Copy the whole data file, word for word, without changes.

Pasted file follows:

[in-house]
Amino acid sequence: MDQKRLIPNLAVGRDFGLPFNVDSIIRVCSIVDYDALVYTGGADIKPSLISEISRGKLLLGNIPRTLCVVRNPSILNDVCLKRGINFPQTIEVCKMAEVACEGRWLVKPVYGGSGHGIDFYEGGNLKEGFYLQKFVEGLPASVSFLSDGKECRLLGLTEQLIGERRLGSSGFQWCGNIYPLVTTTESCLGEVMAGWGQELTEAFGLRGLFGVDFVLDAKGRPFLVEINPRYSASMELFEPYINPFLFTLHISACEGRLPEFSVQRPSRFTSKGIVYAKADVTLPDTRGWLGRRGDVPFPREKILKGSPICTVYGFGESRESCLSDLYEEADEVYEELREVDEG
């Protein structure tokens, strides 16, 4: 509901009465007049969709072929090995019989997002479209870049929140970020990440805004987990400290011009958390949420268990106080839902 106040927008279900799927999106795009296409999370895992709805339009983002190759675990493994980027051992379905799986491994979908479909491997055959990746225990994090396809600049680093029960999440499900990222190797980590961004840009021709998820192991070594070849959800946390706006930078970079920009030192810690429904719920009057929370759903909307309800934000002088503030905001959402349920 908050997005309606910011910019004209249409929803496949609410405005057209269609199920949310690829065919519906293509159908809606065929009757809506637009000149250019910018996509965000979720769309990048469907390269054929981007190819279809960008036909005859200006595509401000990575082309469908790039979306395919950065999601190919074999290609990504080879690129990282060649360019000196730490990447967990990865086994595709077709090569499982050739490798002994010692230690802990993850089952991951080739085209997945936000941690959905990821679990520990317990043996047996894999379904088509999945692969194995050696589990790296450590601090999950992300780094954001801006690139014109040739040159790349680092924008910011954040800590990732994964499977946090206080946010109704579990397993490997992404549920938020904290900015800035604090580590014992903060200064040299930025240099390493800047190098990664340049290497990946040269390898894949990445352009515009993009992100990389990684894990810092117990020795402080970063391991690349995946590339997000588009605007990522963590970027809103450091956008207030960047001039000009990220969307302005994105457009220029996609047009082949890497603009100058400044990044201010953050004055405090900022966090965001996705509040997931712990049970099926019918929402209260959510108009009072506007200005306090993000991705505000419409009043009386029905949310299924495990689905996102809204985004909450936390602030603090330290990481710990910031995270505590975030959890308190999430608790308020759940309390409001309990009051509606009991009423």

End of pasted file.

[in-house]
Amino acid sequence: MDQKRLIPNLAVGRDFGLPFNVDSIIRVCSIVDYDALVYTGGADIKPSLISEISRGKLLLGNIPRTLCVVRNPSILNDVCLKRGINFPQTIEVCKMAEVACEGRWLVKPVYGGSGHGIDFYEGGNLKEGFYLQKFVEGLPASVSFLSDGKECRLLGLTEQLIGERRLGSSGFQWCGNIYPLVTTTESCLGEVMAGWGQELTEAFGLRGLFGVDFVLDAKGRPFLVEINPRYSASMELFEPYINPFLFTLHISACEGRLPEFSVQRPSRFTSKGIVYAKADVTLPDTRGWLGRRGDVPFPREKILKGSPICTVYGFGESRESCLSDLYEEADEVYEELREVDEG
């Protein structure tokens, strides 16, 4: 509901009465007049969709072929090995019989997002479209870049929140970020990440805004987990400290011009958390949420268990106080839902 106040927008279900799927999106795009296409999370895992709805339009983002190759675990493994980027051992379905799986491994979908479909491997055959990746225990994090396809600049680093029960999440499900990222190797980590961004840009021709998820192991070594070849959800946390706006930078970079920009030192810690429904719920009057929370759903909307309800934000002088503030905001959402349920 908050997005309606910011910019004209249409929803496949609410405005057209269609199920949310690829065919519906293509159908809606065929009757809506637009000149250019910018996509965000979720769309990048469907390269054929981007190819279809960008036909005859200006595509401000990575082309469908790039979306395919950065999601190919074999290609990504080879690129990282060649360019000196730490990447967990990865086994595709077709090569499982050739490798002994010692230690802990993850089952991951080739085209997945936000941690959905990821679990520990317990043996047996894999379904088509999945692969194995050696589990790296450590601090999950992300780094954001801006690139014109040739040159790349680092924008910011954040800590990732994964499977946090206080946010109704579990397993490997992404549920938020904290900015800035604090580590014992903060200064040299930025240099390493800047190098990664340049290497990946040269390898894949990445352009515009993009992100990389990684894990810092117990020795402080970063391991690349995946590339997000588009605007990522963590970027809103450091956008207030960047001039000009990220969307302005994105457009220029996609047009082949890497603009100058400044990044201010953050004055405090900022966090965001996705509040997931712990049970099926019918929402209260959510108009009072506007200005306090993000991705505000419409009043009386029905949310299924495990689905996102809204985004909450936390602030603090330290990481710990910031995270505590975030959890308190999430608790308020759940309390409001309990009051509606009991009423």